Measure 97 is the most significant measure on our upcoming state ballot. If passed, it will raise funds dedicated to education, health care and senior services by increasing the minimum tax on corporations with more than $25 million in annual Oregon sales. Estimates of the new revenue range from $2 billion to $3 billion every year, so the stakes are high for Oregon residents and for the affected corporations. To date, supporters have raised $1.5 million for the campaign, opponents almost $8 million.

I’ve already invested time, energy, and money in Measure 97. My motive is simple — I’m committed to the public good, and the public good in Oregon has been compromised by an unbalanced and inadequately productive tax structure. But my purpose in this column and its two sequels isn’t to persuade you to vote for Measure 97. You probably will anyway, because you too are devoted to the public good. My purpose is educational. The issue involves several complexities, and I want to help you sort them out before we get barraged with competing claims. I hope you’ll then use the information to help others who may be undecided because they’re confused.

I’ll start with the main players. Both sides are stressing who stands to win or lose. So one framing narrative is that it’s big corporations vs. public sector unions. There’s truth in that framing — almost all the campaign money is coming from those sources. But truth won’t be served if we take that to mean it’s a contest between competing self-interests, not between private interests and the public good.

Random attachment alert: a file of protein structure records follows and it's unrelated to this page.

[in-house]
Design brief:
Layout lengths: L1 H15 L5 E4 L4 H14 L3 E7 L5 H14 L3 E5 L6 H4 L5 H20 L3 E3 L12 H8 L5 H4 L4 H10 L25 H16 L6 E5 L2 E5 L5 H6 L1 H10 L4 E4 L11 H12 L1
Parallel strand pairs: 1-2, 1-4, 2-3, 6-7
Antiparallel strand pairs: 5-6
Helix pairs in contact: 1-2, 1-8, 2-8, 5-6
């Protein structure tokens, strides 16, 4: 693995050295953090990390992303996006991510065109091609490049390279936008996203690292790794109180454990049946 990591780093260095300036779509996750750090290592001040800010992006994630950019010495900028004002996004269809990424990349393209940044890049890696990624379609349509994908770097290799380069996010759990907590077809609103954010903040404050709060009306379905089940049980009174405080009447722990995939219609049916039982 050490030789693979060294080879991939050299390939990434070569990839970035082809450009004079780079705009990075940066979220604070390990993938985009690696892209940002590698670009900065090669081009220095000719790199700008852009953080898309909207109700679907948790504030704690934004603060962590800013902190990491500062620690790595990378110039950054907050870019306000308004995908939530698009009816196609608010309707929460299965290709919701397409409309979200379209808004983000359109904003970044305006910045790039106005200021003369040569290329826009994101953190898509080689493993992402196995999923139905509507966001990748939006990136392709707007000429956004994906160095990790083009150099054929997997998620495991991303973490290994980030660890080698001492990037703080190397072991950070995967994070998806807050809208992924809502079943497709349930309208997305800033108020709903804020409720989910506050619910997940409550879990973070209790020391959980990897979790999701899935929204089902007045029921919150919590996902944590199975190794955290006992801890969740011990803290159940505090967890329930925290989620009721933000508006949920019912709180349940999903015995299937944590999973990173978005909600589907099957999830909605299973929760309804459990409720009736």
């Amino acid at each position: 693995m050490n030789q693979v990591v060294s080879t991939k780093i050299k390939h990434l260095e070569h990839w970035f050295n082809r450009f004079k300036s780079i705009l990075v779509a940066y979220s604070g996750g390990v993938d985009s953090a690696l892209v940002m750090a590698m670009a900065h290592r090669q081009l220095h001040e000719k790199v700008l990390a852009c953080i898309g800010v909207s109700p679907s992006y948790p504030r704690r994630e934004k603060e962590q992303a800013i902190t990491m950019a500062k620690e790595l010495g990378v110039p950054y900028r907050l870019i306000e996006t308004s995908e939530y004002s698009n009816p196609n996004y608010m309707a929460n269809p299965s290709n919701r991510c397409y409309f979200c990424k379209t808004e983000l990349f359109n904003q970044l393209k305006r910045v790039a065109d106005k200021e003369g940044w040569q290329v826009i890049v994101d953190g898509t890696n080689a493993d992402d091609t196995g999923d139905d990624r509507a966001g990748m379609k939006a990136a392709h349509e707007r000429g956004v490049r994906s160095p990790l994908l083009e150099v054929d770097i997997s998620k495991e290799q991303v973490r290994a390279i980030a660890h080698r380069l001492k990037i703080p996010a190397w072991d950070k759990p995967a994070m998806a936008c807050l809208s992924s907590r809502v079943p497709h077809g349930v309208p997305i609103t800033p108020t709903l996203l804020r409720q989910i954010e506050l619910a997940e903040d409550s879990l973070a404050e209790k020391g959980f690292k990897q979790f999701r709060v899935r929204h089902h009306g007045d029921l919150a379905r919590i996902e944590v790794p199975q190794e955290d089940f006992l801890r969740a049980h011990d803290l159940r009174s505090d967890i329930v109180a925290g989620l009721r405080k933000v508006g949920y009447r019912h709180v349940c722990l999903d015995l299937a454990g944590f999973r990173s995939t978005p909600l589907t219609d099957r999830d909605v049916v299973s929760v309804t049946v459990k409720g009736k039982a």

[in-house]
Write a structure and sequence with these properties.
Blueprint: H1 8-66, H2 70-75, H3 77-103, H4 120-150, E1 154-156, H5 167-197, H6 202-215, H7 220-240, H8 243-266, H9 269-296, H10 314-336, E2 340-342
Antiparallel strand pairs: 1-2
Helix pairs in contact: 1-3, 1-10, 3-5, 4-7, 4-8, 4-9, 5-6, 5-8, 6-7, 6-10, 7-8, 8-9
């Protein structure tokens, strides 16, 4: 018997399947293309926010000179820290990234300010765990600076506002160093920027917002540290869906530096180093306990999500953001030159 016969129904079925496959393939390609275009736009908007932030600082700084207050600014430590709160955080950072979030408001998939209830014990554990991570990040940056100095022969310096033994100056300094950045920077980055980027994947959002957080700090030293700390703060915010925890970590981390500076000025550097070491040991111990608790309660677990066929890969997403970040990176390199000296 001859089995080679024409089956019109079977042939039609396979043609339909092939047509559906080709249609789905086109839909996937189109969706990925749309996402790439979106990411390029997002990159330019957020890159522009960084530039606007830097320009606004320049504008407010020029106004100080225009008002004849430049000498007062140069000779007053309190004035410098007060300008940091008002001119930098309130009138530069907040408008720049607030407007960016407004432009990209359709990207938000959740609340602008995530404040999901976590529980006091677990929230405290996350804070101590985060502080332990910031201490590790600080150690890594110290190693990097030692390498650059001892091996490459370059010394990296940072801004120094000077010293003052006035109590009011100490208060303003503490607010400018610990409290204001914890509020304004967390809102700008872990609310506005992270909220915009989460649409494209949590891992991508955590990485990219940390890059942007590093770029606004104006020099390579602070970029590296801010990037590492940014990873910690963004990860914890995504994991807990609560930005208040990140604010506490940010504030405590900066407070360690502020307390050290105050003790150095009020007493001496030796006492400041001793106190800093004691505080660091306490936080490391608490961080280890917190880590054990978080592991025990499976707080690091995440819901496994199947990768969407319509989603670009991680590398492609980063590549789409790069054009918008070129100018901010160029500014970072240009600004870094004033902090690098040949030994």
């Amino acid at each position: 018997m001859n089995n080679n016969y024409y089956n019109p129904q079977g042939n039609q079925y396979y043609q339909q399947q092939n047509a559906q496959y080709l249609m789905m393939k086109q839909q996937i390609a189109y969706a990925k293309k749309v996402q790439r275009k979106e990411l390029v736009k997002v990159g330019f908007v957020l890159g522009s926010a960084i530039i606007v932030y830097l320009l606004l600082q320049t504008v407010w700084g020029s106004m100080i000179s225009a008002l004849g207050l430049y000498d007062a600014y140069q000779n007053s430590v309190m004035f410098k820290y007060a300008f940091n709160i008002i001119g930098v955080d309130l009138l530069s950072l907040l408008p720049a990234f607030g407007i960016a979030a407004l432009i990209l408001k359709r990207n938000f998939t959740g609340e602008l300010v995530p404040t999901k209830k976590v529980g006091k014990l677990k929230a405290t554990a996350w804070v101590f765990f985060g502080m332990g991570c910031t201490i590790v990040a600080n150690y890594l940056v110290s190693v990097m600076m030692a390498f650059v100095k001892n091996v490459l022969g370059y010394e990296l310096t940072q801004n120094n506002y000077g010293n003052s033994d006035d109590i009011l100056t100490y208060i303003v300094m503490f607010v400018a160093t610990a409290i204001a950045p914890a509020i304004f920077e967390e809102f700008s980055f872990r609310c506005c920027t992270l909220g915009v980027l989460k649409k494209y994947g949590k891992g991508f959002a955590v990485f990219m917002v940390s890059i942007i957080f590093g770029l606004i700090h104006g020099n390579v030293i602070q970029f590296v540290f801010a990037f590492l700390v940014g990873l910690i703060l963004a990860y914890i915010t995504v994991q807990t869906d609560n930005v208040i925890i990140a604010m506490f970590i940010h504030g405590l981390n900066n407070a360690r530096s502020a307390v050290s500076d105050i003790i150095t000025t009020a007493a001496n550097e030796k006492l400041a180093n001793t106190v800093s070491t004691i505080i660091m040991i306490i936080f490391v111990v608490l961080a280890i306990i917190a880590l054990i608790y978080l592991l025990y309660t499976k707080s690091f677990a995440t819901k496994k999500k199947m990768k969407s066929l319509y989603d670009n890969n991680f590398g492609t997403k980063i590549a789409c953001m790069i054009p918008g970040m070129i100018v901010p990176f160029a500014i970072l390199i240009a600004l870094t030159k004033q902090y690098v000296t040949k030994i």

The new tax would be levied on about 1,000 corporations, the large majority of which (e.g. Walmart, Shell Oil, Home Depot) are headquartered out of state. By opposing Measure 97, management of these corporations are protecting their profits. Of course they’re using arguments suggesting less self-interested motives, but make no mistake: They’re working for their shareholders.

The main promoter of Measure 97 has been the Oregon Education Association, our public teachers’ union. Its most important allies have been two other unions representing public employees — SEIU and AFSCME. Whose interests are they advancing? Doubtless, passage will make raises more likely, though the unions must negotiate wages and benefits with each agency and school district. But the new funds will expand and improve public services in many ways.

Take education. For 25 years Oregon has been disinvesting in its public schools. Here are some of the results:


In 2014-2015 Oregon had the third largest class sizes in the country.
In 2014-2015, Oregon students averaged 169.9 days in the classroom. Most states require a minimum 180 days per school year.
Oregon once had more than 1,200 career and technical education programs. Now there are fewer than 700.
In 2013-14 the National Center for Education Statistics ranked Oregon’s graduation rate fourth lowest in the U.S.
Education Week ranked Oregon 35th in school funding, with a D+ grade.

One more example: A 2014 U.S. Justice Dept. report faulted Oregon for woefully inadequate community mental health services. It’s to correct deficiencies like these that public employees are seeking more state revenue.

Next week I’ll explain what taxes corporations now pay in Oregon. In the following I’ll examine the claim that consumers, not large corporations, will foot the bill for Measure 97.

— Herb Rothschild's column appears in the Tidings every Saturday.